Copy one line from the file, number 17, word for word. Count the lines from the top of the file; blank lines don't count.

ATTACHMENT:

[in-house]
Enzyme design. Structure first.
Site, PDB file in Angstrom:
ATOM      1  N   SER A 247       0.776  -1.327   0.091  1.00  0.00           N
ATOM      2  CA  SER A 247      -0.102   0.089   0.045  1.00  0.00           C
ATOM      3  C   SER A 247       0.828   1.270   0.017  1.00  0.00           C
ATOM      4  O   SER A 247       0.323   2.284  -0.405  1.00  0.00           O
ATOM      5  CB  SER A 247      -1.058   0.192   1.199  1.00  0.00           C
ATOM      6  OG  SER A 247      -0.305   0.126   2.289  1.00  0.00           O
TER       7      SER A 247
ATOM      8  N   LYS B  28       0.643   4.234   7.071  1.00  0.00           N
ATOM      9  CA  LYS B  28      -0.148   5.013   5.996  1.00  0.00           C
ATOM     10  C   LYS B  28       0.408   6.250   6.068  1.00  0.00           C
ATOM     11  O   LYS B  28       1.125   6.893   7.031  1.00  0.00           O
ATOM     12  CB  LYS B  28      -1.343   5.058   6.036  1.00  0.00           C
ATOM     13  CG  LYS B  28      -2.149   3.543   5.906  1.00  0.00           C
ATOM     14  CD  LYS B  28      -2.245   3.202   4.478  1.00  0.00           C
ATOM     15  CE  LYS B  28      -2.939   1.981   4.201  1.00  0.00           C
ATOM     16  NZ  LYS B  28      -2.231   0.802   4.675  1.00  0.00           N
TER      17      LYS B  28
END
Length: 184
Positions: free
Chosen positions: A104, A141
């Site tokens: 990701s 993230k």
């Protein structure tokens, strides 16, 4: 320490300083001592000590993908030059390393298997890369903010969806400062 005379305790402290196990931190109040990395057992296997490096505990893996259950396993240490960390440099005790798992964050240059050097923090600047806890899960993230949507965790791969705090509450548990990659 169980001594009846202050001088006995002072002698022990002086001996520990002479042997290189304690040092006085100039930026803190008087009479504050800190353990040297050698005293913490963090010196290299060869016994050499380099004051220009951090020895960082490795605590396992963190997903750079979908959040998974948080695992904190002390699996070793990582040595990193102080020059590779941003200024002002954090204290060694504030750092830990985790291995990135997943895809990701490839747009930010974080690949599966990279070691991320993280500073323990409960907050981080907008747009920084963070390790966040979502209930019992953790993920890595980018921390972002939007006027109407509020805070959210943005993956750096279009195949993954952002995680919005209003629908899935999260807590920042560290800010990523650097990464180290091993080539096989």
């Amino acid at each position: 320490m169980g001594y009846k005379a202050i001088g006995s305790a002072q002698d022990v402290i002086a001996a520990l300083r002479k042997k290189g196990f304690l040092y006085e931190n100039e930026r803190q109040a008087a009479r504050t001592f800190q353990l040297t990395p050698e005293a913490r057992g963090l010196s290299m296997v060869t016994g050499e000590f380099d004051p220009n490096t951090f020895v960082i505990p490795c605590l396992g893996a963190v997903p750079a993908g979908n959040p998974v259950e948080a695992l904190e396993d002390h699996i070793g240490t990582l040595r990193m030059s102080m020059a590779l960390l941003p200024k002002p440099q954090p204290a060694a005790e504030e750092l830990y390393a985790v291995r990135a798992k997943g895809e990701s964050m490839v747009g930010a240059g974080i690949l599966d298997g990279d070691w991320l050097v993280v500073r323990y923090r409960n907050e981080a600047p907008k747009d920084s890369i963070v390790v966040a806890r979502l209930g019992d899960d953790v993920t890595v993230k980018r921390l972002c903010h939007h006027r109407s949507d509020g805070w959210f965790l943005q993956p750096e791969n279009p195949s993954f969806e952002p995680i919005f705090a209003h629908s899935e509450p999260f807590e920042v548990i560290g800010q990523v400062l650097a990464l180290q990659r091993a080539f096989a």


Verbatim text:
ATOM     14  CD  LYS B  28      -2.245   3.202   4.478  1.00  0.00           C